The neural basis of learning

Learning is a process by which we integrate new knowledge generated as a result of experiences. The product of such experiences is converted into memories stored in our brain. There is basically no learning without memories.

There are essentially two ways in which learning occurs: one is called classical conditioning and the other instrumental conditioning. Both ways modify brain structure and brain chemistry, but they do so with varying degree of awareness or self-control. Classical conditioning pertains to situations in which we tend to respond automatically, based on the severity or repetition of a stimulus. The amygdala is involved in regulating many of our autonomic, fight or flight type responses. For instrumental conditioning, more brain structures appear to take an active role in encoding and reinforcing a learned behavior. For instance when we learn driving, the repetition or rehearsal of that behavior will involve the perceptual and motor systems as well as the frontal lobes. As the behavior is memorized, it is managed by the basal ganglia. People who have lesions in the basal ganglia have severe deficits in their capacity to learn via instrumental conditioning. The process by which we learn new behaviors is also largely influence by specific neurotransmitters, especially dopamine which is known to reinforce or reward specific behaviors by making us feel good about it.

Memory is typically described as either short or long-term. Short term memory is also called working memory and can last from several minutes to a few hours. The front lobes are known to play a very important role in the short term memorization while the hippocampus is critical in consolidating information into long term storage.

To understand the anatomical changes that are happening in the brain as a result of learning or the creation of memories, we need to go back to the basis of brain functioning: synaptic connections.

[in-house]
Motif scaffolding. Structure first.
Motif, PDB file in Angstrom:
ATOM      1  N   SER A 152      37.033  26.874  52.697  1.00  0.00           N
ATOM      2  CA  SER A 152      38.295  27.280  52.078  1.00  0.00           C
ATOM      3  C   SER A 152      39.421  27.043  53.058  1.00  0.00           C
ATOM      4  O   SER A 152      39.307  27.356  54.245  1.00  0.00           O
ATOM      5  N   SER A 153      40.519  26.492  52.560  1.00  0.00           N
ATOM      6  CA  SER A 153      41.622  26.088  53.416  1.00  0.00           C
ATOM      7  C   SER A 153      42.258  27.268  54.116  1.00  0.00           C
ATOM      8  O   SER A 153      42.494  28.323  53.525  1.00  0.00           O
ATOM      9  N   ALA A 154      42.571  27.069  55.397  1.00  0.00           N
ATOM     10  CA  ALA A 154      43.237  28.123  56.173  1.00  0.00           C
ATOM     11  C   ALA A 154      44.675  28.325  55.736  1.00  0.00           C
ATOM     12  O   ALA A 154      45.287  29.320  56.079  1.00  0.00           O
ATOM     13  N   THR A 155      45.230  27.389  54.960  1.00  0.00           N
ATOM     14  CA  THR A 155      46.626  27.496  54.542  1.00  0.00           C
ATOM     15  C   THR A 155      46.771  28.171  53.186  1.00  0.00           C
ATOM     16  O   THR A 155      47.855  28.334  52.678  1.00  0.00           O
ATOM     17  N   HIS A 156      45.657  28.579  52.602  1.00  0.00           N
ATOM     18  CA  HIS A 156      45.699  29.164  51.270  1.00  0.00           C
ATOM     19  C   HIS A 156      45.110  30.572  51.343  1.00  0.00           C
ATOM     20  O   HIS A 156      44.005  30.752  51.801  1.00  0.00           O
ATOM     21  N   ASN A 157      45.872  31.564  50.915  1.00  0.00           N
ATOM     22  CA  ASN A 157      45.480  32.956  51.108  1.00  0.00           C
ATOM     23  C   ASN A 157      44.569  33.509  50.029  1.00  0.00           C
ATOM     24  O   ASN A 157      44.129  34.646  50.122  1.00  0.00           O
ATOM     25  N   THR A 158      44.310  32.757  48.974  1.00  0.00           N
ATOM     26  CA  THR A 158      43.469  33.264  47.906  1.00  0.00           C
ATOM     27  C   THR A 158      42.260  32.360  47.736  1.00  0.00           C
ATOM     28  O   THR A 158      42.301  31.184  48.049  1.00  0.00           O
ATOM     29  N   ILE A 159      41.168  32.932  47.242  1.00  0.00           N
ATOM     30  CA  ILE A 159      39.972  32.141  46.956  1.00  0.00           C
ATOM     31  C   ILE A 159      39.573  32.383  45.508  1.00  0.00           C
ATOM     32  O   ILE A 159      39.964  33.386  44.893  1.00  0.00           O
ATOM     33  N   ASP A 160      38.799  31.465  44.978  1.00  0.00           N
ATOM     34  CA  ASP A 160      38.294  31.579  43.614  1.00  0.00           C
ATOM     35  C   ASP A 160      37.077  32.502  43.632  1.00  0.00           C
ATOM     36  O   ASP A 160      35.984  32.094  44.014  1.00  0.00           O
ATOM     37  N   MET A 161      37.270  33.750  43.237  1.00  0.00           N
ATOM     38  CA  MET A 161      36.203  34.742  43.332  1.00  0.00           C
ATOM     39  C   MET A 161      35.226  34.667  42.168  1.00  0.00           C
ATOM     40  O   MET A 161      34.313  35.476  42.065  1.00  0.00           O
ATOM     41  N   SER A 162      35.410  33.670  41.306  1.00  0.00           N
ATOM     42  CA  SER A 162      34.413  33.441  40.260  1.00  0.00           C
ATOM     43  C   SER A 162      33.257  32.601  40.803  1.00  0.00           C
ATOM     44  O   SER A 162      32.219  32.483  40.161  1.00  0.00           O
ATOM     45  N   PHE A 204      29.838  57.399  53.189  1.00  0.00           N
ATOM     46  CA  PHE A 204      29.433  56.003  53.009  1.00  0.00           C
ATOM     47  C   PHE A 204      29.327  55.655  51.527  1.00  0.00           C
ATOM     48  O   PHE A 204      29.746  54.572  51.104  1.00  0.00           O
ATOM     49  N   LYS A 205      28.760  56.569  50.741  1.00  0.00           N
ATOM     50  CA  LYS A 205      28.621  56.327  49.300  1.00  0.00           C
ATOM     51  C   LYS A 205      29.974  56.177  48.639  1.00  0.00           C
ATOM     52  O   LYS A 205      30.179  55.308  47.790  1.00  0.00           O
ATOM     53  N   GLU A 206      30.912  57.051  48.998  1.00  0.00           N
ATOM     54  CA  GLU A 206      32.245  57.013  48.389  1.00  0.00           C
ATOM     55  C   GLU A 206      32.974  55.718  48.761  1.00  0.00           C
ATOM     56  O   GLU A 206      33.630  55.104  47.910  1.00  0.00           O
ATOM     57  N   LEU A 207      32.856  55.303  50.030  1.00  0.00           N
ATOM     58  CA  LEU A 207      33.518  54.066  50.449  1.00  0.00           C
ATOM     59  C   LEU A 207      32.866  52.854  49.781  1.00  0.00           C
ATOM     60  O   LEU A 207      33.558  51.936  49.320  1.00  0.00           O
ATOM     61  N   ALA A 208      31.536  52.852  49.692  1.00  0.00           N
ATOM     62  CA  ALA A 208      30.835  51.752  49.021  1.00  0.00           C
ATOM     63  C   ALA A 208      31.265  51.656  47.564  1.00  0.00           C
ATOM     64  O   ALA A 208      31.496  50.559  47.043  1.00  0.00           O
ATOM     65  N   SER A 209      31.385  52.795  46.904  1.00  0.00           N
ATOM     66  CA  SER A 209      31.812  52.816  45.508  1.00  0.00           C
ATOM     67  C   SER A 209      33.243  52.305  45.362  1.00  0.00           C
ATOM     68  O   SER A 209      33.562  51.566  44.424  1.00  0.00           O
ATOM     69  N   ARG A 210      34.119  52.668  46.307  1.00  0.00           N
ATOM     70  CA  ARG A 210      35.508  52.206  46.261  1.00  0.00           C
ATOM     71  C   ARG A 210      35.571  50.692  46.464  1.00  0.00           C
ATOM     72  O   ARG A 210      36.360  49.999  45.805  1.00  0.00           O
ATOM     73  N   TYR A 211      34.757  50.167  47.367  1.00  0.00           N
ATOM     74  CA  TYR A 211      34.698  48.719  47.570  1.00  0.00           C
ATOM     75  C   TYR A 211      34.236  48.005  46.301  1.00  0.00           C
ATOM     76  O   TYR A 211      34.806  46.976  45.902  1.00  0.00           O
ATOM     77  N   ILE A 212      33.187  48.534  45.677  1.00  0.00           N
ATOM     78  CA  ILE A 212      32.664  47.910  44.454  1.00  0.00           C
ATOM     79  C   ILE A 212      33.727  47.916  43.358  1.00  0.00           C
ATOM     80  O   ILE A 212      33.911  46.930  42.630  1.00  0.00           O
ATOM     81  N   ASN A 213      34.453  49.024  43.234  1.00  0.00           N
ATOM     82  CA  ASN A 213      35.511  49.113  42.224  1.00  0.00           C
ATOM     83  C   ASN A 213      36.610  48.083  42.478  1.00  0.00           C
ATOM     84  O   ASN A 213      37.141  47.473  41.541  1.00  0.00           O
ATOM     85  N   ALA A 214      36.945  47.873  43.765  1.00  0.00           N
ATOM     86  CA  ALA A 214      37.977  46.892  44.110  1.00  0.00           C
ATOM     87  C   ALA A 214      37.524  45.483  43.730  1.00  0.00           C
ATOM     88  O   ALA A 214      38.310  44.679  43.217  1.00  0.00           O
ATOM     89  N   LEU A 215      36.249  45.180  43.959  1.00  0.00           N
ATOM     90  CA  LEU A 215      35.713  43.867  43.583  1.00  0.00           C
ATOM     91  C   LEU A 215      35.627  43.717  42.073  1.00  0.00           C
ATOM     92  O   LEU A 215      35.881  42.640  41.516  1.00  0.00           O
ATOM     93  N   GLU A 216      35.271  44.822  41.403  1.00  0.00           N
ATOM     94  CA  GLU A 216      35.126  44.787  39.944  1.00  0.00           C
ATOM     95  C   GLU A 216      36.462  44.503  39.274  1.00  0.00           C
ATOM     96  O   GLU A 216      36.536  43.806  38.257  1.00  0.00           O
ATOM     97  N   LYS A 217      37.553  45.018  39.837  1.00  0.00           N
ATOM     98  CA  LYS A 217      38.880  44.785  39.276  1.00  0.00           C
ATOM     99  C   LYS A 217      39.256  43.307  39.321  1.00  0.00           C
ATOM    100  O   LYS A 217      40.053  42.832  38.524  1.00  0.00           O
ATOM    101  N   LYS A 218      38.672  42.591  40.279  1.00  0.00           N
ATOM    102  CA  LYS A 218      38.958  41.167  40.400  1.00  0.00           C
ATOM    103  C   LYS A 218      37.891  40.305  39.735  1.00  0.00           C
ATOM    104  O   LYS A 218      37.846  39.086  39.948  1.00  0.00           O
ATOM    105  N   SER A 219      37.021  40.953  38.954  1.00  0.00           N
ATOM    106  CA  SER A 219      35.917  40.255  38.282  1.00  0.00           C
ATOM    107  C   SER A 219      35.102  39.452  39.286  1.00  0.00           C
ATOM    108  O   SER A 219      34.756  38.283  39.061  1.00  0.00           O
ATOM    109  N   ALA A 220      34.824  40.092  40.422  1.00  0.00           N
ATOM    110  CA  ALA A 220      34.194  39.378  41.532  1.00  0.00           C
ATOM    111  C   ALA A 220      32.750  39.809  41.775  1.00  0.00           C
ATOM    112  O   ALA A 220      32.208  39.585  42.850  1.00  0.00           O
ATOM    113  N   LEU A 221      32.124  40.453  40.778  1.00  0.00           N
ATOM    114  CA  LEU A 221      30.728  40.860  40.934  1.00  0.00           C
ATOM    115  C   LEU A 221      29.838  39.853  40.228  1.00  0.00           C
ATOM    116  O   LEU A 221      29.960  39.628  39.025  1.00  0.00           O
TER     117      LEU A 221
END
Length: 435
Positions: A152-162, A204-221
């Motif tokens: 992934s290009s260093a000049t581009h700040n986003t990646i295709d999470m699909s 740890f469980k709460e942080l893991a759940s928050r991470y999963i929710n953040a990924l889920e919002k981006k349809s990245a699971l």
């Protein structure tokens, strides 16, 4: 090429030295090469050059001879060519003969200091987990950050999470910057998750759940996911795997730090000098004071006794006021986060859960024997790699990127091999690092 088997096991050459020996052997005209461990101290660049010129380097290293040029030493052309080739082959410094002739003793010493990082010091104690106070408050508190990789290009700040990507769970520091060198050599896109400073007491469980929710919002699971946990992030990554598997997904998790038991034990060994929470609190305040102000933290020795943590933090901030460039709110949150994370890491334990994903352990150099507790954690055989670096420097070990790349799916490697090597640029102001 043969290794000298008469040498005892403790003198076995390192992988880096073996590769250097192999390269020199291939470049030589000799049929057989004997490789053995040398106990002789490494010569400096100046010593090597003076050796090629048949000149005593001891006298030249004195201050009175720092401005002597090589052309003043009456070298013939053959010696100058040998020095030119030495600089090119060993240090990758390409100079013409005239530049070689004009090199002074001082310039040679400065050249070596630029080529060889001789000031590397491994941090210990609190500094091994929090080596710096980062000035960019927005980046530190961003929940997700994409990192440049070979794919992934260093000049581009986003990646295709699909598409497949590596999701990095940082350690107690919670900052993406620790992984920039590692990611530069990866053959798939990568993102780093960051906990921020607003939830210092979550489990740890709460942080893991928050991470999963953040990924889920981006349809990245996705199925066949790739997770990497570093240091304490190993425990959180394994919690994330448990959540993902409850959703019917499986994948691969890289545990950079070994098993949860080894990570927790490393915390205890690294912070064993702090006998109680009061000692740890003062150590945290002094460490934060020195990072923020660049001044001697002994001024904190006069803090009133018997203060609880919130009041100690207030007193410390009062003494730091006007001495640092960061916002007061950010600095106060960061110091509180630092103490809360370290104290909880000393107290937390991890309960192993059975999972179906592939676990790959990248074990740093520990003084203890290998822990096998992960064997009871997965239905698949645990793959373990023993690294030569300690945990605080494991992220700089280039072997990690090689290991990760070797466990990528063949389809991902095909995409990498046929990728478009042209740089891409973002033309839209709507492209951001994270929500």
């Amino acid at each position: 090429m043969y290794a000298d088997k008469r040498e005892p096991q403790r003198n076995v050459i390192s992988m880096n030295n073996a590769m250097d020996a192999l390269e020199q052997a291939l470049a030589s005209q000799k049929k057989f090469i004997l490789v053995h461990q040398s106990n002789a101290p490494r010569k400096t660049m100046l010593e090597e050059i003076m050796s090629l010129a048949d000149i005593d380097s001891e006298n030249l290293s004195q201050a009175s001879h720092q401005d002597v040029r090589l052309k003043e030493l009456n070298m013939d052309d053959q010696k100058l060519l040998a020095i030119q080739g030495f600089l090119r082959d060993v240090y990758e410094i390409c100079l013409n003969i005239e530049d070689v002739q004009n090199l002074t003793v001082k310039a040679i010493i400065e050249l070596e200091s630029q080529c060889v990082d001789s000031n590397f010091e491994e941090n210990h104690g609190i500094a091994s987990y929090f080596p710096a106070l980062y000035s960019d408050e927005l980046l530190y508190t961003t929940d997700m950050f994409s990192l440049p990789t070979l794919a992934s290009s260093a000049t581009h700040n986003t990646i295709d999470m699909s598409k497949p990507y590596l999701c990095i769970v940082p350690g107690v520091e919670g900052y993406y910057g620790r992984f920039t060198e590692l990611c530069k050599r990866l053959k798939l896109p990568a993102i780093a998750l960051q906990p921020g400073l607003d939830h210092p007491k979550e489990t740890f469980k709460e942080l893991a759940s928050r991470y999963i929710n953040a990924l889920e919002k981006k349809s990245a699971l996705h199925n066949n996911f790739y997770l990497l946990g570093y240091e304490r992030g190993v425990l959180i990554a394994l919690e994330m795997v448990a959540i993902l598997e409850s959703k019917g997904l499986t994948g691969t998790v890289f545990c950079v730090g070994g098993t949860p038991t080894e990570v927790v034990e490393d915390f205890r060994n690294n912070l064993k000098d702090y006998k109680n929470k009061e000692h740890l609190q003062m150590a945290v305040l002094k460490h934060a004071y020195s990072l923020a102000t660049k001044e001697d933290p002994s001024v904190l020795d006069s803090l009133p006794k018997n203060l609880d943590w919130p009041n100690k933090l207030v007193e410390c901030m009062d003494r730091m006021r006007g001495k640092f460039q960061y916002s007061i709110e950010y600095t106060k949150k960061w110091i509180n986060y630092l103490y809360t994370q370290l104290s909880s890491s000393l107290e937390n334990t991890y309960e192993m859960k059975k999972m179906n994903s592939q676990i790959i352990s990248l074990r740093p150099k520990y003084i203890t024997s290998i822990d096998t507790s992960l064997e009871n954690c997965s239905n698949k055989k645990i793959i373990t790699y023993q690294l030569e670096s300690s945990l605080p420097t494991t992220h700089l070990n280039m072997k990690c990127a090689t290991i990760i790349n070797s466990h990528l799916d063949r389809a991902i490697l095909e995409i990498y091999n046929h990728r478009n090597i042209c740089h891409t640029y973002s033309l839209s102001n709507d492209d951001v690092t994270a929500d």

The Neurological Basis of Learning and Memory

Though we now recognize that there are different forms of learning such as classical conditioning and instrumental conditioning and several types of memory from short term to long term, all these processes in our brain depend on our ability to detect, decode and respond to a change captured by our perceptual systems. For instance, a visual stimulus triggers a response that results in the formation of thousands of synapses in our brain. Our eyes capture photons that our visual neural pathway converts into electrical signals reaching different receptors in the brain via the optic nerve. The stimulus ultimately generates action potentials among thousands of neurons responsible for processing the signal and triggering a response. The signal is either amplified or minimized based on the intensity of the stimulation –the intensity of the light for instance–, its frequency and the presence or absence of the many molecules involved in exciting or inhibiting the chemical exchange in the synaptic cleft such as hormones, neurotransmitters and neuropeptides.

The process of learning and memorization develops neural efficiency by making new synaptic connections or by reinforcing the strength of existing ones. When neurons fire together, they wire together. Neuroscientists call this phenomenon synaptic plasticity.

Understanding Synaptic Plasticity

A considerable amount of brain research has been produced on learning and memorization over the last decade. We understand that learning is produced when the nature and structure of synaptic connections change, especially when postsynaptic neurons are affected by anatomical and biochemical alterations inflicted on axons. Early studies on learning used electrical stimulation within the hippocampal formation, a brain structure known to play a critical role in memory formation. Those studies revealed that the stimulation produced more long term potentiation (LPT). The discovery of LPT proved what Donald Hebb (1949) suggested over 50 years ago while trying to describe a law that would explain the process by which we remember in our brain. Hebb proposed that “if a synapse repeatedly becomes active at about the same time the postsynaptic neuron fires, changes will take place in the structure or chemistry of the synapse that will strengthen it (Carlson, 2008: p 432). More recent research reveals that the process of LPT is largely governed by chemical reactions between important receptors such as NMDA and AMPA receptors. NMDA receptors can actually block LTP by making it impossible for calcium ions to enter dentritic spines, a chemical process that is necessary to strengthen synapses between neurons while AMPA facilitates the release of glutamate which can amplify a post synaptic potential.